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Gepubliceerd in: Psychological Research 1/2018

17-11-2017 | Original Article

Action control in task switching: do action effects modulate N − 2 repetition costs in task switching?

Auteurs: Stefanie Schuch, Angelika Sommer, Sarah Lukas

Gepubliceerd in: Psychological Research | Uitgave 1/2018

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Abstract

Ideomotor theory posits that actions are controlled by the anticipation of their effects. In line with this theoretical framework, response-contingent action effects have been shown to influence performance in choice-reaction time tasks, both in single-task and task-switching context. Using a task-switching paradigm, the present study investigated whether task-contingent action effects influenced N − 2 repetition costs in task switching. N − 2 repetition costs are thought to be related to task-switch costs, and reflect inhibitory control in task switching. It was expected that task-contingent action effects reduce between-task interference, leading to reduced N − 2 repetition costs. An experimental group (N = 24) performed eight blocks of trials with task-contingent action effects, followed by one block with non-contingent action effects; a control group (N = 24) performed nine blocks of trials with non-contingent action effects. In line with our expectations, a three-way interaction of group, block, and task sequence was obtained, indicating differential data patterns for the two groups: In error rates, the group who had received contingent action effects throughout blocks 1–8 showed larger N − 2 repetition costs in the random block 9 than in block 8, whereas the control group showed a reversed data pattern. The RT data pattern was in the same direction, although no significant three-way interaction was obtained. Taken together, we tentatively conclude that task-contingent action effects reduce task inhibition in task switching, and we outline directions for future research on the role of action effects in multitasking performance.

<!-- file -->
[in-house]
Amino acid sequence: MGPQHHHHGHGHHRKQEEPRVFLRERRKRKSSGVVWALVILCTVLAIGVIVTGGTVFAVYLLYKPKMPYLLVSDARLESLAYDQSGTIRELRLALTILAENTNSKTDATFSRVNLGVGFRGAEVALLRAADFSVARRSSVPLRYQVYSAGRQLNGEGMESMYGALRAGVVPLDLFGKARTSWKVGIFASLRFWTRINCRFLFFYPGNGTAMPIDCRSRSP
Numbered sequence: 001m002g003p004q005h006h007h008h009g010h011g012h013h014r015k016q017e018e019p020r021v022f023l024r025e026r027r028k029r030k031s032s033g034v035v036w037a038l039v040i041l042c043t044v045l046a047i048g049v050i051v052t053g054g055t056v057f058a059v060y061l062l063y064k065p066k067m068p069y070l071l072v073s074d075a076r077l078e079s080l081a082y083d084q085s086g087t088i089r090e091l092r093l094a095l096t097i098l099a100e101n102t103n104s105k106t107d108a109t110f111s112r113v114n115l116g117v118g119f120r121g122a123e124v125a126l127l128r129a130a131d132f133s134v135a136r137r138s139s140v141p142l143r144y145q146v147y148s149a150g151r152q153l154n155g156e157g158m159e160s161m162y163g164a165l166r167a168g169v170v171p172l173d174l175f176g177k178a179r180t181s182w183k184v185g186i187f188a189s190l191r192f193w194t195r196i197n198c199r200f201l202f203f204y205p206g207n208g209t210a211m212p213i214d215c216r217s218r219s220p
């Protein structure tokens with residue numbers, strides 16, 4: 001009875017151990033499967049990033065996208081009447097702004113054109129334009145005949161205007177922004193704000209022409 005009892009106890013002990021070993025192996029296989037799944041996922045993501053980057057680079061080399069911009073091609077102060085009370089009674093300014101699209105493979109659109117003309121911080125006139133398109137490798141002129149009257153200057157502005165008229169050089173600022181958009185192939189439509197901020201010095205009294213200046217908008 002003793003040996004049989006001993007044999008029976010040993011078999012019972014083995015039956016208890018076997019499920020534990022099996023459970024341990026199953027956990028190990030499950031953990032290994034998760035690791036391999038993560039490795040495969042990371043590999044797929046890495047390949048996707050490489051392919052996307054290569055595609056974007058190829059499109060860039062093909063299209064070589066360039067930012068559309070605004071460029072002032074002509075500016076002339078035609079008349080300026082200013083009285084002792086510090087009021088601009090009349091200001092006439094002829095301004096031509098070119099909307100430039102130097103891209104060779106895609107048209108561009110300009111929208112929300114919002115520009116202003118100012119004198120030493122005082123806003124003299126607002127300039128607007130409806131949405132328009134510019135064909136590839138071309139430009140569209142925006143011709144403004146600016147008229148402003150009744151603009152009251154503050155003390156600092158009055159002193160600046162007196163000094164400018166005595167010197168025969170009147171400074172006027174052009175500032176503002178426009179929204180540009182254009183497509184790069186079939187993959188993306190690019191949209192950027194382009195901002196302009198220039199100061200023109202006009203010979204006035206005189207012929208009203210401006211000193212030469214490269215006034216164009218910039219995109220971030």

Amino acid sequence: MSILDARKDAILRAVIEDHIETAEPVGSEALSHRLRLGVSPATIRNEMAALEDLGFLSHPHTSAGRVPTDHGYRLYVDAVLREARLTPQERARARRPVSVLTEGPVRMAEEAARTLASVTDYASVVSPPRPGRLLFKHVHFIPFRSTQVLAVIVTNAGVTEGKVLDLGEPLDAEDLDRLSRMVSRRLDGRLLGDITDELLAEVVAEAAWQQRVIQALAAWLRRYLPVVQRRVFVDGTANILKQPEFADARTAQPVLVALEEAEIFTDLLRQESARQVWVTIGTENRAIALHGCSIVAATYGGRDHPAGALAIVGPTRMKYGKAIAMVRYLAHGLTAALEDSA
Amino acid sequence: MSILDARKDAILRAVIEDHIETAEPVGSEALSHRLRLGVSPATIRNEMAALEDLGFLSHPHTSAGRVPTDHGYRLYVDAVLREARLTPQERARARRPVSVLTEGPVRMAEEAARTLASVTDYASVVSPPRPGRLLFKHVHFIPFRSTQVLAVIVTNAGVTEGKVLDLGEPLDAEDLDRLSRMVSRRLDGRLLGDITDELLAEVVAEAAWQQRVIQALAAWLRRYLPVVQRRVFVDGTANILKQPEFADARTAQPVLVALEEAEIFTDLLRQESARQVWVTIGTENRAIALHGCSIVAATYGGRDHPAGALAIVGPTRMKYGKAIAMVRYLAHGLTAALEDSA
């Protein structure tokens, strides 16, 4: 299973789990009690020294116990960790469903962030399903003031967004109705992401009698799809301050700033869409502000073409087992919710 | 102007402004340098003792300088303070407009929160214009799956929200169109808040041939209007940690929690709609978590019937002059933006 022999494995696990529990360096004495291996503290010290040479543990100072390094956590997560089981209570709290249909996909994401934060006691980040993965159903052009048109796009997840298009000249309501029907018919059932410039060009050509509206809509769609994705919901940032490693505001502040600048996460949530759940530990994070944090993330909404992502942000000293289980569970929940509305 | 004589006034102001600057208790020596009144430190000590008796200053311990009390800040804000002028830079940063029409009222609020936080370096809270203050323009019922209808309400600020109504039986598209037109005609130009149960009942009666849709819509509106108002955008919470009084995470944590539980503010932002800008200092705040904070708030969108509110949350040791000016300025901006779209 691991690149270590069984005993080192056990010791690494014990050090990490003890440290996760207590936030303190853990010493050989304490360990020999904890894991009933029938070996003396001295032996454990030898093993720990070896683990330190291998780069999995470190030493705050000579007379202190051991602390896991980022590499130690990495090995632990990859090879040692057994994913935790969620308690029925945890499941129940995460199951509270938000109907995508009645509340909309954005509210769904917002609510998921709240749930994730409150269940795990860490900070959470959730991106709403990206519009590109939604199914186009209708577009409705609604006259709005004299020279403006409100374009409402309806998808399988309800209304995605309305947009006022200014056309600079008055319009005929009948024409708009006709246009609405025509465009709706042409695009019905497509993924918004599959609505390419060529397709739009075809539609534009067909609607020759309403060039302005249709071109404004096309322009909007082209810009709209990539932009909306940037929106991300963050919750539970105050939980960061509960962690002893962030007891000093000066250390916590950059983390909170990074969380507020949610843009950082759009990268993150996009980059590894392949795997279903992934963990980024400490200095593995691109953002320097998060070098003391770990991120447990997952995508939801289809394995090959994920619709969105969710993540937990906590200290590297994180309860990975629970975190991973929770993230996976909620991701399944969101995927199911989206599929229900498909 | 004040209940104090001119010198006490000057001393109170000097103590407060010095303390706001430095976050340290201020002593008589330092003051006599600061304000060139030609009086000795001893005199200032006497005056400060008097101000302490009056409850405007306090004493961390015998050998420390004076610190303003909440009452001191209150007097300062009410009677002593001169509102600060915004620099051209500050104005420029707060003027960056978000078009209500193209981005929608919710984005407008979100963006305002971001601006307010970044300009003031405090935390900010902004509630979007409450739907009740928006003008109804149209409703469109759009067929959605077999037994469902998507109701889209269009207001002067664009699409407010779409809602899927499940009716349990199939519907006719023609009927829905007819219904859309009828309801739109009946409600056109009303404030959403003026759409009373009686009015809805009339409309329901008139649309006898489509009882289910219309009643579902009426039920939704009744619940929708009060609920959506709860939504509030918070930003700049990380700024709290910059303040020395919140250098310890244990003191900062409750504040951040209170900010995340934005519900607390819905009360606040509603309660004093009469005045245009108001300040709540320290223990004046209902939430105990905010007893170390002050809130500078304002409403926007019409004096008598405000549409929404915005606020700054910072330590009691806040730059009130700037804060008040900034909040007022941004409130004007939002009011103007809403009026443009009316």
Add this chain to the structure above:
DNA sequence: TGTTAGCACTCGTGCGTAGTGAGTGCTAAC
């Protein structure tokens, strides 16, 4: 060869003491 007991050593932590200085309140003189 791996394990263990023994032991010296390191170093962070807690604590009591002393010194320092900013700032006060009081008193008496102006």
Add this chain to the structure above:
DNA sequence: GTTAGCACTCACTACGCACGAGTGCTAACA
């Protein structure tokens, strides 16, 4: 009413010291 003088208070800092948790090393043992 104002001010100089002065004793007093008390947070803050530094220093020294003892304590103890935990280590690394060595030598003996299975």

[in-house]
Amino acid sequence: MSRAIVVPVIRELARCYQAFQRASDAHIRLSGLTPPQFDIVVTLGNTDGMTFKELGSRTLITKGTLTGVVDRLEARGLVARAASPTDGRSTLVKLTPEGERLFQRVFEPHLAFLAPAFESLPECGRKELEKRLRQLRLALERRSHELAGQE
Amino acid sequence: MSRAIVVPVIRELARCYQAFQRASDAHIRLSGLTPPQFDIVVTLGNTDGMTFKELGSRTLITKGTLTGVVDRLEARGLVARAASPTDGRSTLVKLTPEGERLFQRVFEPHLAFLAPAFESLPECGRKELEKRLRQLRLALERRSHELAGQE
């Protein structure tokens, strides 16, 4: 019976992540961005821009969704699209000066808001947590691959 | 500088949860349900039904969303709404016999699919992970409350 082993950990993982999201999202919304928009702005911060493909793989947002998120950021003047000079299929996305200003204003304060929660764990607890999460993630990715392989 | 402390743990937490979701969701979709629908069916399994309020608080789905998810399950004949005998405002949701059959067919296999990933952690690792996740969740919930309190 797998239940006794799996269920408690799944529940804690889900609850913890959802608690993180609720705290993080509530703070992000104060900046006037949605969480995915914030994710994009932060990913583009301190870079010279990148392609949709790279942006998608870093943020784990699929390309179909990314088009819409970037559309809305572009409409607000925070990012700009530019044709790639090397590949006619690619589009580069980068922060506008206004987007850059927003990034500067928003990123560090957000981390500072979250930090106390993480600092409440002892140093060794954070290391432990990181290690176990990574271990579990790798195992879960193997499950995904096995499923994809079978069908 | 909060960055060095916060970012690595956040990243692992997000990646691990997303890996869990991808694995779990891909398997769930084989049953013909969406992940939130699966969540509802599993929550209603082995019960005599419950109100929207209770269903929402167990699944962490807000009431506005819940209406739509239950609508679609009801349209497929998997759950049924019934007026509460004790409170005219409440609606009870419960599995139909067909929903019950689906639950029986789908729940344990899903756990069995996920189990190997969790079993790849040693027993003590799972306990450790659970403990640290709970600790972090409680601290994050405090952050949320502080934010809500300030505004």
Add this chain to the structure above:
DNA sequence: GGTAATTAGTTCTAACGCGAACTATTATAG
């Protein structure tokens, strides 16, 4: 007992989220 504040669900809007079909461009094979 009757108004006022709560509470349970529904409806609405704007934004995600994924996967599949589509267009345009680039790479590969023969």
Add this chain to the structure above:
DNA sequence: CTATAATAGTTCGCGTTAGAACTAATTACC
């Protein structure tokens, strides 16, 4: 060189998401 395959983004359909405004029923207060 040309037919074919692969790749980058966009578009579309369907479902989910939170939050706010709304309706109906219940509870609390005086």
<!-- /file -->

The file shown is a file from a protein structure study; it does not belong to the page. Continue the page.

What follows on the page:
Voetnoten
1
We also conducted another experiment where the action effects were less salient. We applied a paradigm with face-categorization tasks, and the action effects were small changes in the face (e.g., eyes closing, person smiling, person looking to the left, etc.). We did not find any influence of action-effect contingency with that paradigm. Possibly the quite subtle changes of the visual stimuli led participants to ignore the action effects. We conjecture that action effects need to be salient in order be integrated into participants’ action plans. Details about this additional experiment are available on request.
 
2
The data pattern was similar when digit repetitions were included in the analysis.
 
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Metagegevens
Titel
Action control in task switching: do action effects modulate N − 2 repetition costs in task switching?
Auteurs
Stefanie Schuch
Angelika Sommer
Sarah Lukas
Publicatiedatum
17-11-2017
Uitgeverij
Springer Berlin Heidelberg
Gepubliceerd in
Psychological Research / Uitgave 1/2018
Print ISSN: 0340-0727
Elektronisch ISSN: 1430-2772
DOI
https://doi.org/10.1007/s00426-017-0946-7